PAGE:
A tech and entrepreneurial-minded ‘hacker house’ near Temple will soon welcome students

Real estate fintech startup NYCE is behind development of Temple I and Temple II, tech and startup-oriented housing options for students. There's space for working, living and events.

A rendering of NYCE's Temple I.

(Courtesy NYCE)

Real estate fintech startup NYCE is in the early stages of moving tech and entrepreneurial-minded students and creators into a building meant for mixed-use living, coworking and creative space just north of Temple University‘s main campus.

The building, called TEMPLE I: The Tech Mansion, plays off the idea of the popular Silicon Valley “hacker house,” where young entrepreneurs live and work together in the early stages of a startup. Think: the five-bedroom house Facebook CEO Mark Zuckerberg rented in Palo Alto, California, in the summer of 2004, in the early days of Facebook.

NYCE cofounders Martin Braithwaite, a soccer player for FC Barcelona, and Philip Michael, author of “Real Estate Wealth Hacking: How To 10X Your Net Worth In 18 Months,” spearheaded NYCE. The company has plans for further development in San Antonio, Texas, New York City and Fort Lauderdale, Florida.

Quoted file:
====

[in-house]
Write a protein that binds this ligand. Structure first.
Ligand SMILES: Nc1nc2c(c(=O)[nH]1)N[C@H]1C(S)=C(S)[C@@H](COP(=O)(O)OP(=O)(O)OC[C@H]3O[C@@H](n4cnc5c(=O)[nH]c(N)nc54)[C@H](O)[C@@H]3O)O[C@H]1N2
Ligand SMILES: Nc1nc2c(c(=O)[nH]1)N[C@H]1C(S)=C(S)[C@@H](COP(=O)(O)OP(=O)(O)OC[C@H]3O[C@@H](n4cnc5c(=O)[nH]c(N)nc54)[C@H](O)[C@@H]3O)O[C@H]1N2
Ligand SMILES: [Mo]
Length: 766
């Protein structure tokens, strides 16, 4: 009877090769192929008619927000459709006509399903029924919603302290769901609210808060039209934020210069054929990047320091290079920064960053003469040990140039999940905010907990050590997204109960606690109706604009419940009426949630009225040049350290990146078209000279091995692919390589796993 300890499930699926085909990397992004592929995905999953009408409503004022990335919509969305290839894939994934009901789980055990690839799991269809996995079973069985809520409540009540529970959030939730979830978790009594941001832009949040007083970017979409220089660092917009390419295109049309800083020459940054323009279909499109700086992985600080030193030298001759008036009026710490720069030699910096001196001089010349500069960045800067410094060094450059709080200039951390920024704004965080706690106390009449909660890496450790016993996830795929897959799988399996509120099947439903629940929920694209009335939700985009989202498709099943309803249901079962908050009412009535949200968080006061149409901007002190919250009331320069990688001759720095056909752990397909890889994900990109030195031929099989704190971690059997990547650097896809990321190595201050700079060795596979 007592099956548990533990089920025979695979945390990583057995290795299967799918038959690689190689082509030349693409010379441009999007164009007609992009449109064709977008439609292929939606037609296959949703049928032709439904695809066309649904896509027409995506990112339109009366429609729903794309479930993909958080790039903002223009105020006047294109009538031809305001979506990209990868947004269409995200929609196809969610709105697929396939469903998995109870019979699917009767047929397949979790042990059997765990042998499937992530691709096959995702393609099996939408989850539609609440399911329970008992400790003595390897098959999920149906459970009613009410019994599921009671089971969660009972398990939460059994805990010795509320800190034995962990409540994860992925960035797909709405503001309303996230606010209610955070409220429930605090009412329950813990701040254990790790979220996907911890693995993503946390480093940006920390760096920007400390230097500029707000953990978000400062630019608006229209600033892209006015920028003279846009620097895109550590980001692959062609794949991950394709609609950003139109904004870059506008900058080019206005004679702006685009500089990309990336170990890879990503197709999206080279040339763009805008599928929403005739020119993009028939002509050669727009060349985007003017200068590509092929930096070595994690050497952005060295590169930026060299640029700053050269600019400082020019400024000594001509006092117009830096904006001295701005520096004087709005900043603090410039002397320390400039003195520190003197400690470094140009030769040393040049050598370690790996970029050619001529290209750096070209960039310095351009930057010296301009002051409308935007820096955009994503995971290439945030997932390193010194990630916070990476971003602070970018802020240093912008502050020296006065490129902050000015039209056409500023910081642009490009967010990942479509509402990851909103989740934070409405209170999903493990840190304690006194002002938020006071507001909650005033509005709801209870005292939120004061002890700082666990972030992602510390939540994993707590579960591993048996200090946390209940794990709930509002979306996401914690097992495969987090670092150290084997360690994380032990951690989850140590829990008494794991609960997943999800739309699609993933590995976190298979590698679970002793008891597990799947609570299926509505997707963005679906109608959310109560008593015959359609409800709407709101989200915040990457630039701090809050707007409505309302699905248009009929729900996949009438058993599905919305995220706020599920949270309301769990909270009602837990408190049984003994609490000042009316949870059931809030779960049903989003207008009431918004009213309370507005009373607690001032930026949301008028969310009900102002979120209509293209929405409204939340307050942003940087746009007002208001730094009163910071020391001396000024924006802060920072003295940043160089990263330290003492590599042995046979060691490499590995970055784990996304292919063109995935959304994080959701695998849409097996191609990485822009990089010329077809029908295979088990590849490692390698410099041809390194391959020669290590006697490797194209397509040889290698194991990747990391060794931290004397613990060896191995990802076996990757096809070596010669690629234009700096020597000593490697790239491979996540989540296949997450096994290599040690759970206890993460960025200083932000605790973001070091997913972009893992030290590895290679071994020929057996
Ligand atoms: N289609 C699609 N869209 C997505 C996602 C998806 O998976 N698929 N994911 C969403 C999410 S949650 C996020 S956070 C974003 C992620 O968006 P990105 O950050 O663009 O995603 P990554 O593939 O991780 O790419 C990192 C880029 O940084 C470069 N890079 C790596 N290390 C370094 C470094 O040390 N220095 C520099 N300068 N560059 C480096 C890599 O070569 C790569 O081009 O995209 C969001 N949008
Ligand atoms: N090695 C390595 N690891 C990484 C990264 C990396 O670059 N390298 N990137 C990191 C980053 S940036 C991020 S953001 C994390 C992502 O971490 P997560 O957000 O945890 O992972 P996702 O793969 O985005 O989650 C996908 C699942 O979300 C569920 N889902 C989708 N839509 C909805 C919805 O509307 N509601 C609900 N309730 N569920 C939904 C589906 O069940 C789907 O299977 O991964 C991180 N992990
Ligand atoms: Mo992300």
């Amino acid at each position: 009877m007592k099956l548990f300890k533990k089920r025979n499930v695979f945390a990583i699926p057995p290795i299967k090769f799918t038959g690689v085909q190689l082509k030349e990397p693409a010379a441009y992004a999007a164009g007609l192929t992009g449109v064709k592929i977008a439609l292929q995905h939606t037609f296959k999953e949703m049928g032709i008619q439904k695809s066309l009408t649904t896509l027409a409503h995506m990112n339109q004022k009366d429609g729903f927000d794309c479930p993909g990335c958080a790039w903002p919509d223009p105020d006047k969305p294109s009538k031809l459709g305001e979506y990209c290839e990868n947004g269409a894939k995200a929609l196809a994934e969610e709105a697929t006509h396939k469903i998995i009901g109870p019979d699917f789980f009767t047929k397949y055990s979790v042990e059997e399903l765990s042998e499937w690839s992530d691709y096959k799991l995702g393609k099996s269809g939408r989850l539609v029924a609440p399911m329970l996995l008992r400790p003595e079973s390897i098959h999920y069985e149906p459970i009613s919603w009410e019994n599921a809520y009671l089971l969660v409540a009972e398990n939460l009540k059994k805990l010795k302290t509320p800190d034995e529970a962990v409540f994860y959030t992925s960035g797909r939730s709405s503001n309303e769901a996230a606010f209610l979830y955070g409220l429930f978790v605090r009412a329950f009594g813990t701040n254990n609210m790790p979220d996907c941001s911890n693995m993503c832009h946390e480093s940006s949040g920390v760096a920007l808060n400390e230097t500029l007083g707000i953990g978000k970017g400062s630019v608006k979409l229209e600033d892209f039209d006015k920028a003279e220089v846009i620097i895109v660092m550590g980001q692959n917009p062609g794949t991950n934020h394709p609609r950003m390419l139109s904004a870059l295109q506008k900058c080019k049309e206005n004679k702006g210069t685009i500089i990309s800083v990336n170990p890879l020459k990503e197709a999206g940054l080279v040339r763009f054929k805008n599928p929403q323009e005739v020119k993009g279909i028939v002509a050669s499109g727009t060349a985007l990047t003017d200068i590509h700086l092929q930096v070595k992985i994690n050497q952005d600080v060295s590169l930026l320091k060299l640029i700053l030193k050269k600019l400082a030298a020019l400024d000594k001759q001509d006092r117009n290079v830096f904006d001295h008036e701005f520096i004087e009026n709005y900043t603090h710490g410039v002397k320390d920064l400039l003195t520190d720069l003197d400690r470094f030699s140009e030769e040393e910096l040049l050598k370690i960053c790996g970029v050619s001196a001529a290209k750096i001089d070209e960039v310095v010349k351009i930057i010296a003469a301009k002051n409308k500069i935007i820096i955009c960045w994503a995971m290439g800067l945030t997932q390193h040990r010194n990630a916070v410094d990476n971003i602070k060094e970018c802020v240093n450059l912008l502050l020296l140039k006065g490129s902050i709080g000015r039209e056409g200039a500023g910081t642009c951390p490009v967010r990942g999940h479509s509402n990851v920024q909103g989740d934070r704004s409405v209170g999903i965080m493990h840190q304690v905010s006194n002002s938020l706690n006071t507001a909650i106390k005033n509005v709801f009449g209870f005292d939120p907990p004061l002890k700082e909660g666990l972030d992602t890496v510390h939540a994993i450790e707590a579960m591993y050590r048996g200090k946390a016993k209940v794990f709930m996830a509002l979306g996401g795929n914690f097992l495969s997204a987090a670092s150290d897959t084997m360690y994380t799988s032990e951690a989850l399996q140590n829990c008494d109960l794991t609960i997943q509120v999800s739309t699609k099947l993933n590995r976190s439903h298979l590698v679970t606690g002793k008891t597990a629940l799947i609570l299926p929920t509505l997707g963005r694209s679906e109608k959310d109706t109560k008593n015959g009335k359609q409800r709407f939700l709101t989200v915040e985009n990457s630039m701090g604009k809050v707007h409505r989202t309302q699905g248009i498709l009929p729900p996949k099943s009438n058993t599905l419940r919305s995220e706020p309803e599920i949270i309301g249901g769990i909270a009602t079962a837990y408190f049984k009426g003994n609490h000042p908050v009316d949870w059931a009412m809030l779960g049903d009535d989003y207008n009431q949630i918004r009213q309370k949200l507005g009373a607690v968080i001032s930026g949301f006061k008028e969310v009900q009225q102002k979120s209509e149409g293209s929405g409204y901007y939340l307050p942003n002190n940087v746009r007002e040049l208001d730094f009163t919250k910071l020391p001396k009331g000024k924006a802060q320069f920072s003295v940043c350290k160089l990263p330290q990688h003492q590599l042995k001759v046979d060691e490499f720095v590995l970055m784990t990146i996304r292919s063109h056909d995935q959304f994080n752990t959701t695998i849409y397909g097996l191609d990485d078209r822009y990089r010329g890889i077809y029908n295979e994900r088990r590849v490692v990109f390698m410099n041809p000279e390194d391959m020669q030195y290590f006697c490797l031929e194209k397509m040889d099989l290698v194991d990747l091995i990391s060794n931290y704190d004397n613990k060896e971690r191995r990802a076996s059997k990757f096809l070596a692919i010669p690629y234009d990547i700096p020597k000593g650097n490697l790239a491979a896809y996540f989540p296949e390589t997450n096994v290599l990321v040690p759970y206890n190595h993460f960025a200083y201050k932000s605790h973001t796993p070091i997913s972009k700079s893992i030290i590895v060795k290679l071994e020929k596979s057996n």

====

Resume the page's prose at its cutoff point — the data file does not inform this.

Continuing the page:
The Temple I building, adjacent to the university’s athletic practice fields at 11th and Susquehanna Streets in North Philadelphia, is envisioned as a space where students who are interested in tech and entrepreneurship can live, get work done, take meetings, record podcasts and attend events. But it’s not specifically exclusive to Temple students.

Michael said the space is for “someone who’s interested in entrepreneurship, startup life, who wants to come up with a business idea, or call a mentor.” He described the space as “essentially WeWork meets coliving.”

Michael told they’ve been in touch with Temple’s Fox School of Business about the school’s programming and accelerator programs, and NYCE plans to have its own programming for the building’s members. Through the startup’s investing arm, members will also have access to capital, mentorship, events and a demo day where founders pitch to the community.

Outside folks will be able to attend events or access mentorship. But if you’re looking to live in the building’s studio-like units, “you’re signing up for the whole experience,” Michael said. The first cohort of students are expected for Temple’s upcoming fall semester, and will house 17 students. Temple I will consist of four bi-level coliving apartments, with bed prices around $875 monthly.


This building is only the first part of the project. An 80-bed, multi-unit project called Temple II, following in the same vein, is expected later next year.

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